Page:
April 1, 2016 -
Police in Los Angeles recently acquired a warrant from the Court for the Central District of California to apply a user’s fingerprints to open an Apple device. That executed warrant, uncovered in a recent Forbes article and executed in February, is the first known case in which a warrant has compelled a person to unlock their smartphone with their biometric information.
The warrant allowed an LAPD agent to visit the premises of a person residing in Glendale, California and take the latter’s fingerprints to open up their iPhone.
Forbes could not determine what happened once the warrant was signed off. The publication speculates that the police either could have taken fingerprints directly from the person named in the warrant or obtain fingerprints by lifting them from another object.
It is unclear what interest the person was to the LAPD. The police have not offered an official statement about the case, and Apple has declined to comment. Forbes also notes that the U.S. Department of Justice did not provide a statement, while the Court for the Central District of California could not be reached at the time of publication.
According to the Forbes report, this is first time such a warrant has been used since a U.S. judge declared it legal to use criminal suspects’ fingerprints to open up smartphones in 2014.
This warrant revelation comes shortly after the U.S. Department of Justice revealed that it had discovered how to unlock an iPhone without assistance from Apple, allowing the agency to withdraw its legal case that sought to compel the high-tech firm to assist in a terrorist mass shooting investigation. As BiometricUpdate.com previously reported, the case was highly contentious because the government was requesting that Apple open up its operating system for access.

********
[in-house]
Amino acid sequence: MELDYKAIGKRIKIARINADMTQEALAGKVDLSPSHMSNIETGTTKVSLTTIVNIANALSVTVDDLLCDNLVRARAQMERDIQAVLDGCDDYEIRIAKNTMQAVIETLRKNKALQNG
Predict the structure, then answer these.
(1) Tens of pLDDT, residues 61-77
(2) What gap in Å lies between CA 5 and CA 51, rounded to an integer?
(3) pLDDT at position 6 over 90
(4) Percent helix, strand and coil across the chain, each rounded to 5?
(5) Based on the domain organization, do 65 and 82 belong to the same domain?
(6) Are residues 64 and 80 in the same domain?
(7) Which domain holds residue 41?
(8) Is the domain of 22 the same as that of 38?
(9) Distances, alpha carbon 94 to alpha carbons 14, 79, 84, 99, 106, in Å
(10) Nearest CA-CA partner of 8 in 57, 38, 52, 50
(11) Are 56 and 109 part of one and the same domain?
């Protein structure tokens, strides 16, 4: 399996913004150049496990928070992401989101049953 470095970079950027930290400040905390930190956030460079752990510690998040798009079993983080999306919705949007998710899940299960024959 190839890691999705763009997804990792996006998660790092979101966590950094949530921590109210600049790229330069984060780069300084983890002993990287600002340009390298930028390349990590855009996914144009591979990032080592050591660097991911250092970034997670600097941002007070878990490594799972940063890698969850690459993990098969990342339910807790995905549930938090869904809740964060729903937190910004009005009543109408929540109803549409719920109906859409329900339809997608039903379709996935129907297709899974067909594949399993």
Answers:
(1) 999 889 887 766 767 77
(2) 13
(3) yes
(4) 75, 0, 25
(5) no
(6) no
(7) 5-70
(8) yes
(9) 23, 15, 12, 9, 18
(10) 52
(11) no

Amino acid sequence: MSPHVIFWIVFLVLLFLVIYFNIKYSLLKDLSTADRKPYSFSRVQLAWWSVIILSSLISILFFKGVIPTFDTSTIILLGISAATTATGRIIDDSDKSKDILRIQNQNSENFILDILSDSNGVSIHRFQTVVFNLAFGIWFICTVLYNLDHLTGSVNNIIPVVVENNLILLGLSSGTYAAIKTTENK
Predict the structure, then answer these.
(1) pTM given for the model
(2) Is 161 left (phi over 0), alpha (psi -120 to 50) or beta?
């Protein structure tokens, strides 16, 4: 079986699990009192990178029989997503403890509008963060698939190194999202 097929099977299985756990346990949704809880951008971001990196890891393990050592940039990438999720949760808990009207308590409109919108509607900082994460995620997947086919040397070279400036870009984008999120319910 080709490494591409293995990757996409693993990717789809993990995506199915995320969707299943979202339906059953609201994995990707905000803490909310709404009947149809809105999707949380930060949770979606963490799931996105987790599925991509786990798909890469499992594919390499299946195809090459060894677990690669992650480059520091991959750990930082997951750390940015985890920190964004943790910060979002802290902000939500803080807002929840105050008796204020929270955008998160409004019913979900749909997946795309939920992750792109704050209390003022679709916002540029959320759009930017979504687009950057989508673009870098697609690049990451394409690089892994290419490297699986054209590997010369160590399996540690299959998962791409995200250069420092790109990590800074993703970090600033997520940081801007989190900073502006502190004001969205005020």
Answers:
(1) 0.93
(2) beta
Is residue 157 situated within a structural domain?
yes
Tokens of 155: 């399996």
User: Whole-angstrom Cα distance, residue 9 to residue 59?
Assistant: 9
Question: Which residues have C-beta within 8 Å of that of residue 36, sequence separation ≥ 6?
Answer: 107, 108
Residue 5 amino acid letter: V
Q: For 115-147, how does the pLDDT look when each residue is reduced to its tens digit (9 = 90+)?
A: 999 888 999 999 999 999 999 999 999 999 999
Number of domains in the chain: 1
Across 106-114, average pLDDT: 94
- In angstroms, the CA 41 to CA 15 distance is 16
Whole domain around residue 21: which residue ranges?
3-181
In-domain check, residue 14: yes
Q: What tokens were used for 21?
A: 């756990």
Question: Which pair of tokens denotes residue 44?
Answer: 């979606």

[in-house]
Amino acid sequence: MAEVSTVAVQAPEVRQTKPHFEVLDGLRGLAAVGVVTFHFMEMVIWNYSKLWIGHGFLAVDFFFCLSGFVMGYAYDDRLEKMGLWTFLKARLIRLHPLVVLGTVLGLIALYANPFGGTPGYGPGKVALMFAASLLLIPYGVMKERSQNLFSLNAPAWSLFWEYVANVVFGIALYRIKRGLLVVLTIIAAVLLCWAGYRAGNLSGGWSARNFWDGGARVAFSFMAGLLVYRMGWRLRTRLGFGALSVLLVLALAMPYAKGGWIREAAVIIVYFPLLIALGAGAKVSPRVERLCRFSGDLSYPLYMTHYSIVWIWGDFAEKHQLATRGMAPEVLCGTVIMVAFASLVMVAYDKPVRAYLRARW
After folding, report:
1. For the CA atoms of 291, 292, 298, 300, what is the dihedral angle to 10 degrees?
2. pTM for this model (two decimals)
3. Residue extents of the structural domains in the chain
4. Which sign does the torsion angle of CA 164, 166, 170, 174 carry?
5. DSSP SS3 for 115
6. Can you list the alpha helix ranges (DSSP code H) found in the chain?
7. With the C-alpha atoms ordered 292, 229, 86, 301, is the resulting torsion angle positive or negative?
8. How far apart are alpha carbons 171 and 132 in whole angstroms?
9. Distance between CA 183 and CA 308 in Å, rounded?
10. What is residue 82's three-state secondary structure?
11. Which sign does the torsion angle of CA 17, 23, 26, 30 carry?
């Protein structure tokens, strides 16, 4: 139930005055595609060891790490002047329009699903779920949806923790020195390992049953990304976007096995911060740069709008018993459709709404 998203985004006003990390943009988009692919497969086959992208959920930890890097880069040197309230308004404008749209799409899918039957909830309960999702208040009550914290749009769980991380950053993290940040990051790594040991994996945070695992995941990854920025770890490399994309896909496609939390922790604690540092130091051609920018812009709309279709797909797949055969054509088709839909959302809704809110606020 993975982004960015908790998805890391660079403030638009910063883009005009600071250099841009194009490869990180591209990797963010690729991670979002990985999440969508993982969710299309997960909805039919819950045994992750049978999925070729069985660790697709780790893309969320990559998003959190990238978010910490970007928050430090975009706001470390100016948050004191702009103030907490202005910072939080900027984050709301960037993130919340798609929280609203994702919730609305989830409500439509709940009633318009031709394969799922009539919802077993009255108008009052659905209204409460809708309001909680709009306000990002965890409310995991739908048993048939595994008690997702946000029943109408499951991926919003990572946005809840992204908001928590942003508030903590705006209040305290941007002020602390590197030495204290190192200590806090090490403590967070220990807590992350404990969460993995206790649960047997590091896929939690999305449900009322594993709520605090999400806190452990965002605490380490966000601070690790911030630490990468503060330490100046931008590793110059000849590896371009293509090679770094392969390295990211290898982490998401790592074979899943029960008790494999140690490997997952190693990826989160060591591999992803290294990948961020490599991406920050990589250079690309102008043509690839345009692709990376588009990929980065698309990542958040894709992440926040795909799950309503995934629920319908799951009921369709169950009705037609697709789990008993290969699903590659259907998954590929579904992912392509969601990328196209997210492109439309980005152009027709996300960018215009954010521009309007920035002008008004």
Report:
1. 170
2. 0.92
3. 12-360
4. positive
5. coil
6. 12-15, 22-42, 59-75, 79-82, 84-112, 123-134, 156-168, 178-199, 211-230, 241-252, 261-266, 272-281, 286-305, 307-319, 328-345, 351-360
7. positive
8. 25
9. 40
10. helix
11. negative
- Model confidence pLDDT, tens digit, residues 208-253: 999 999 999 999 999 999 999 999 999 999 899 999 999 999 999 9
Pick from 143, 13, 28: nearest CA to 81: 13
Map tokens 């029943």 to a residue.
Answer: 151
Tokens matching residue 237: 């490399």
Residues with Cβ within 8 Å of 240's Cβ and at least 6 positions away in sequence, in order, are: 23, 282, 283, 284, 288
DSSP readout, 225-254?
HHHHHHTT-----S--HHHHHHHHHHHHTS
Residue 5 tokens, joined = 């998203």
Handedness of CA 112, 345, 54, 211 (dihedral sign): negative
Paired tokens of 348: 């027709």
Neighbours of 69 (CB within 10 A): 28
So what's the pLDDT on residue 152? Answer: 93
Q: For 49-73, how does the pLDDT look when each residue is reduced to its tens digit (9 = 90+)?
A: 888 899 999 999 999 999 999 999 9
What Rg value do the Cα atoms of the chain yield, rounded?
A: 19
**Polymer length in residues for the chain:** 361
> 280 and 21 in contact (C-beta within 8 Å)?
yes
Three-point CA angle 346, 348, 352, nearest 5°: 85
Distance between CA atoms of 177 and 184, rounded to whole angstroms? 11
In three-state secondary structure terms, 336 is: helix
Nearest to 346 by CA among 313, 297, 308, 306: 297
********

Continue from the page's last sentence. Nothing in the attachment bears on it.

Apple had said that would create a dangerous precedent that would threaten data security for millions by essentially creating a “master backdoor” that could later be duplicated and used against other phones. Apple CEO Tim Cook said creating such software to break into a locked iPhone would be “bad news” and that Apple “would never write it”. In an interview, he said any such software would be the “equivalent of cancer”.
The case had become increasingly contentious as Apple refused to help the authorities, creating a debate about the conflict between privacy and security interests. Law enforcement’s new found ability to now unlock an iPhone through an alternative method now however raises new questions, especially concerning the strength of security of Apple devices.